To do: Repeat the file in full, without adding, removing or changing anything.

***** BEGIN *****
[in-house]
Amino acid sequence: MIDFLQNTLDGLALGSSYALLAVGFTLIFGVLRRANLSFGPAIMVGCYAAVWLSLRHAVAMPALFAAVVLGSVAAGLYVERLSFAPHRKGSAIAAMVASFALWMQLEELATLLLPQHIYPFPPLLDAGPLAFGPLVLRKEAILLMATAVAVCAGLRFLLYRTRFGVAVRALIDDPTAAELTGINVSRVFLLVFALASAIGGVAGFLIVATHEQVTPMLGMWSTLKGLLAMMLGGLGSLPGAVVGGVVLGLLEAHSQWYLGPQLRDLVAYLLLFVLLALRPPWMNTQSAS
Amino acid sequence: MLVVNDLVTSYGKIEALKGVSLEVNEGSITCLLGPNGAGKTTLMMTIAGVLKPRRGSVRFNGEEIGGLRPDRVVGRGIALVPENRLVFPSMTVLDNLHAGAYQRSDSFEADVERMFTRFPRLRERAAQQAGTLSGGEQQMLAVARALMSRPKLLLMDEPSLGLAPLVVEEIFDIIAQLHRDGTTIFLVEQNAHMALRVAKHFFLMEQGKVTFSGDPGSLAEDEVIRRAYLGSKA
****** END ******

[in-house]
Amino acid sequence: MIDFLQNTLDGLALGSSYALLAVGFTLIFGVLRRANLSFGPAIMVGCYAAVWLSLRHAVAMPALFAAVVLGSVAAGLYVERLSFAPHRKGSAIAAMVASFALWMQLEELATLLLPQHIYPFPPLLDAGPLAFGPLVLRKEAILLMATAVAVCAGLRFLLYRTRFGVAVRALIDDPTAAELTGINVSRVFLLVFALASAIGGVAGFLIVATHEQVTPMLGMWSTLKGLLAMMLGGLGSLPGAVVGGVVLGLLEAHSQWYLGPQLRDLVAYLLLFVLLALRPPWMNTQSAS
Amino acid sequence: MLVVNDLVTSYGKIEALKGVSLEVNEGSITCLLGPNGAGKTTLMMTIAGVLKPRRGSVRFNGEEIGGLRPDRVVGRGIALVPENRLVFPSMTVLDNLHAGAYQRSDSFEADVERMFTRFPRLRERAAQQAGTLSGGEQQMLAVARALMSRPKLLLMDEPSLGLAPLVVEEIFDIIAQLHRDGTTIFLVEQNAHMALRVAKHFFLMEQGKVTFSGDPGSLAEDEVIRRAYLGSKA